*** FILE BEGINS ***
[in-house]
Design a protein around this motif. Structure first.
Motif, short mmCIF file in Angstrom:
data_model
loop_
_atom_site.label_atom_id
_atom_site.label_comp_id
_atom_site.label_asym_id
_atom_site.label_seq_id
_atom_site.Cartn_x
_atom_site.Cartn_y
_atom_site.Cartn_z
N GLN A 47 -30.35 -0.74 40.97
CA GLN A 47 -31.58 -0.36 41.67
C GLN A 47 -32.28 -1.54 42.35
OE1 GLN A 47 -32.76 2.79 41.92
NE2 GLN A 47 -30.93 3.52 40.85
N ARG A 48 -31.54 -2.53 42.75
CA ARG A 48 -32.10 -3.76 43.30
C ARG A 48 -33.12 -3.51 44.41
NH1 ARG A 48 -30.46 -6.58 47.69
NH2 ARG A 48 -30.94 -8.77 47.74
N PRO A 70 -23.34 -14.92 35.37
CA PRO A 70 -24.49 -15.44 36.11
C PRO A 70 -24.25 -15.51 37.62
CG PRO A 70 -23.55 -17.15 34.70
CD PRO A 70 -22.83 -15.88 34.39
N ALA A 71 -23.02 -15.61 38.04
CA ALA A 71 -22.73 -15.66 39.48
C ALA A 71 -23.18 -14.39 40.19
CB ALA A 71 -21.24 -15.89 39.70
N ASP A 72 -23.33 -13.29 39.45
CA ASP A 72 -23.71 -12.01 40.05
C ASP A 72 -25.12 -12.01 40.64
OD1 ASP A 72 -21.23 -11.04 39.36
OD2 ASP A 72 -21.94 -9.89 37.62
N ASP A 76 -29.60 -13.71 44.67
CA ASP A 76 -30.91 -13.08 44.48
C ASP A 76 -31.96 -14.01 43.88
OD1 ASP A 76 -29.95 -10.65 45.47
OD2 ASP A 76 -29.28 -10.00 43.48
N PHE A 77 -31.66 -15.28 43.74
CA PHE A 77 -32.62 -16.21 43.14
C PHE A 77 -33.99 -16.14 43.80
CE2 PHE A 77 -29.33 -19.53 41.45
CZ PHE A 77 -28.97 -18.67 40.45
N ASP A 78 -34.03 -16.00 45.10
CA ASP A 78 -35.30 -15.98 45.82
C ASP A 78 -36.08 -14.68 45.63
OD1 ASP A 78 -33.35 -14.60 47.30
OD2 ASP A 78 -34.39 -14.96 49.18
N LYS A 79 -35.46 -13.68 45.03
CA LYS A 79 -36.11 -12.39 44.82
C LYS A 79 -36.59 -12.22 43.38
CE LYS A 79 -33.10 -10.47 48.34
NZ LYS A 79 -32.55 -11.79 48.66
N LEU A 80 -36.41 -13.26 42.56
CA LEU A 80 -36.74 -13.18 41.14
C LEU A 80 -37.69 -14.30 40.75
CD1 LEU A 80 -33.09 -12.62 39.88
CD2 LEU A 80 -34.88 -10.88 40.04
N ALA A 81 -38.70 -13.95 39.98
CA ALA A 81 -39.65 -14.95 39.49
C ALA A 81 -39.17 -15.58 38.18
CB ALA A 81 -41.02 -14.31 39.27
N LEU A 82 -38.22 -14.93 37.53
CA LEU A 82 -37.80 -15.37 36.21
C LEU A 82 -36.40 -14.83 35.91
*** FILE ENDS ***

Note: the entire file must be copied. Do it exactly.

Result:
[in-house]
Design a protein around this motif. Structure first.
Motif, short mmCIF file in Angstrom:
data_model
loop_
_atom_site.label_atom_id
_atom_site.label_comp_id
_atom_site.label_asym_id
_atom_site.label_seq_id
_atom_site.Cartn_x
_atom_site.Cartn_y
_atom_site.Cartn_z
N GLN A 47 -30.35 -0.74 40.97
CA GLN A 47 -31.58 -0.36 41.67
C GLN A 47 -32.28 -1.54 42.35
OE1 GLN A 47 -32.76 2.79 41.92
NE2 GLN A 47 -30.93 3.52 40.85
N ARG A 48 -31.54 -2.53 42.75
CA ARG A 48 -32.10 -3.76 43.30
C ARG A 48 -33.12 -3.51 44.41
NH1 ARG A 48 -30.46 -6.58 47.69
NH2 ARG A 48 -30.94 -8.77 47.74
N PRO A 70 -23.34 -14.92 35.37
CA PRO A 70 -24.49 -15.44 36.11
C PRO A 70 -24.25 -15.51 37.62
CG PRO A 70 -23.55 -17.15 34.70
CD PRO A 70 -22.83 -15.88 34.39
N ALA A 71 -23.02 -15.61 38.04
CA ALA A 71 -22.73 -15.66 39.48
C ALA A 71 -23.18 -14.39 40.19
CB ALA A 71 -21.24 -15.89 39.70
N ASP A 72 -23.33 -13.29 39.45
CA ASP A 72 -23.71 -12.01 40.05
C ASP A 72 -25.12 -12.01 40.64
OD1 ASP A 72 -21.23 -11.04 39.36
OD2 ASP A 72 -21.94 -9.89 37.62
N ASP A 76 -29.60 -13.71 44.67
CA ASP A 76 -30.91 -13.08 44.48
C ASP A 76 -31.96 -14.01 43.88
OD1 ASP A 76 -29.95 -10.65 45.47
OD2 ASP A 76 -29.28 -10.00 43.48
N PHE A 77 -31.66 -15.28 43.74
CA PHE A 77 -32.62 -16.21 43.14
C PHE A 77 -33.99 -16.14 43.80
CE2 PHE A 77 -29.33 -19.53 41.45
CZ PHE A 77 -28.97 -18.67 40.45
N ASP A 78 -34.03 -16.00 45.10
CA ASP A 78 -35.30 -15.98 45.82
C ASP A 78 -36.08 -14.68 45.63
OD1 ASP A 78 -33.35 -14.60 47.30
OD2 ASP A 78 -34.39 -14.96 49.18
N LYS A 79 -35.46 -13.68 45.03
CA LYS A 79 -36.11 -12.39 44.82
C LYS A 79 -36.59 -12.22 43.38
CE LYS A 79 -33.10 -10.47 48.34
NZ LYS A 79 -32.55 -11.79 48.66
N LEU A 80 -36.41 -13.26 42.56
CA LEU A 80 -36.74 -13.18 41.14
C LEU A 80 -37.69 -14.30 40.75
CD1 LEU A 80 -33.09 -12.62 39.88
CD2 LEU A 80 -34.88 -10.88 40.04
N ALA A 81 -38.70 -13.95 39.98
CA ALA A 81 -39.65 -14.95 39.49
C ALA A 81 -39.17 -15.58 38.18
CB ALA A 81 -41.02 -14.31 39.27
N LEU A 82 -38.22 -14.93 37.53
CA LEU A 82 -37.80 -15.37 36.21
C LEU A 82 -36.40 -14.83 35.91